Tonight I had the wonderful opportunity of running an AMNH table, coordinated by Hive NYC, at the Grantmakers For Education conference in New York City. It was my first opportunity to a) talk publicly about my work, 2) work directly with a youth involved with an AMNH program, and c) drive a human and a monkey skull through Manhattan! Quite an exciting evening, any way you slice it.
Through the museum, Priscilla is active in YouthCaN, a youth led organization that uses technology to inspire, connect and educate people worldwide about environmental issues. She shared with many visitors to our table how they used the iPad app, LeafSnap, to identify leaves, put them in their digital collection, and then locate their finds on a map.
I brought along, as table decorations, a human and a monkey skull. To be honest, I’ve never really handled anything like that before, so it was a little exciting/icky. But I wanted to offer something to contrast with what Priscilla would show. She was talking about the past and I wanted to show something about the possible future. So before I put the skulls in the car I grabbed a different skull – one available to be checked out for educational purposes – and after a few snap, snap, snaps with my iPhone camera, I turned it into a 3D model I could twirl and spin. Using the remarkable 123D Catch, which I started using yesterday, I was able to demonstrate tonight how easy it is now to not only create 3D models, but suggest the steps that can follow: modifying those models as desired then printing them on a 3D printer. Imagine youth digitizing assets in our collections, modifying them, then printing them out to build their own educational dioramas. Or a teacher being able to print out and pass around their own examples from the museum. Or youth able to digitize an animal and then modify it to show how it might evolve differently in different environment. The list goes on and on.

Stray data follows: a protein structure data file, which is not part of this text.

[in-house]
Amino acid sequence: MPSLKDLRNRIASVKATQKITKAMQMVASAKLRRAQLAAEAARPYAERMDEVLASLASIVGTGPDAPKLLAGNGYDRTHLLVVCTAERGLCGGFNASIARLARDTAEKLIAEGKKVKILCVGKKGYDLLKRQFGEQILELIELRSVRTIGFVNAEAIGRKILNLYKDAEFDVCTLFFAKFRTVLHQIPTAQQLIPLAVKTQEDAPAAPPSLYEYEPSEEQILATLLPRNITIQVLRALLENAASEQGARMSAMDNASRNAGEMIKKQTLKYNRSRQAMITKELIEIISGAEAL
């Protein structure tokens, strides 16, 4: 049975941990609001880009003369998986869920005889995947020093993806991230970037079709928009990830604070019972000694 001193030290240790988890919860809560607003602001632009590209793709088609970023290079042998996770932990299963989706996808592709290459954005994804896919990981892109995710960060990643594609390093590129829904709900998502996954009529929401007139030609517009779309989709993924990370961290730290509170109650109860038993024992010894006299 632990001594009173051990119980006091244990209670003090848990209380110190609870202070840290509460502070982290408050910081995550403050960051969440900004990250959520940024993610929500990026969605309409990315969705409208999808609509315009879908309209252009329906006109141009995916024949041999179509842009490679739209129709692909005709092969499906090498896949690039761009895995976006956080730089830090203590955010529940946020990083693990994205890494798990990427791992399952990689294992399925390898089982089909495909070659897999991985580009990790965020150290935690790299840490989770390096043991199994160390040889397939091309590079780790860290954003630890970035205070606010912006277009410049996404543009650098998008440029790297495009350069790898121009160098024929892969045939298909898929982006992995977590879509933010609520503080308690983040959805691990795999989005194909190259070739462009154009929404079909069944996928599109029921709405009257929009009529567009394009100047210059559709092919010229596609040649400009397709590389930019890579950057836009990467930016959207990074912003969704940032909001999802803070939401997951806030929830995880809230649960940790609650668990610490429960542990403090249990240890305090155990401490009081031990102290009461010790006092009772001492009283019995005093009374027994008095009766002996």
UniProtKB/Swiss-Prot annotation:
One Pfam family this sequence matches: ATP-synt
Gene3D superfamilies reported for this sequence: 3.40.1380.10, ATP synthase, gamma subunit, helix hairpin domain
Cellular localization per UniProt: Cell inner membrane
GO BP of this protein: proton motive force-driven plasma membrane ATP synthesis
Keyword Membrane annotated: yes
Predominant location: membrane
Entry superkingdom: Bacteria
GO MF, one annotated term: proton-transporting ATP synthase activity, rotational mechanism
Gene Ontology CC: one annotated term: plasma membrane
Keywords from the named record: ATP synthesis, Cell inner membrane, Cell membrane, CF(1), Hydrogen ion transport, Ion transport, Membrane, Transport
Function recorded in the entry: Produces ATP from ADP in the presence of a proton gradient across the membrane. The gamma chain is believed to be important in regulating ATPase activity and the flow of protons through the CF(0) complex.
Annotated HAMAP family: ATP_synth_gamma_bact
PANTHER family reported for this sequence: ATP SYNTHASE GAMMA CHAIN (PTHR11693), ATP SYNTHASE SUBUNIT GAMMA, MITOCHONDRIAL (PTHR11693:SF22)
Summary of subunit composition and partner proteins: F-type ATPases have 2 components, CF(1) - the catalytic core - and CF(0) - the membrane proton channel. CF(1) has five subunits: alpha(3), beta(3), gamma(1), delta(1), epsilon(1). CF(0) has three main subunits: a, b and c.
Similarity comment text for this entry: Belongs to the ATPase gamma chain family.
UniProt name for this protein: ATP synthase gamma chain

Eventually it was time to wrap things up. Priscilla headed home (delighted she had no homework) and I packed the skulls and tech back into my car. But on the way out I had what would certainly be a definite highlight of the evening – the cherry on top of the sundae, so to speak – by running into Connie Yowell, from the MacArthur Foundation. I will say more about this in a future post about my new position, but it was exactly six years ago this month that MacArthur announced their (at the time) 5-year, $50m Digital Media and Learning Initiative. I was at that launch. And that launch was held at the AMNH, just down the hall from where I now sit. Little could I have guessed at the time that six years later the work I would have done as a result of that Initiative would have prepared me to take on my new position at that very museum.
It has been QUITE the journey.
(for more photos from the event, click here)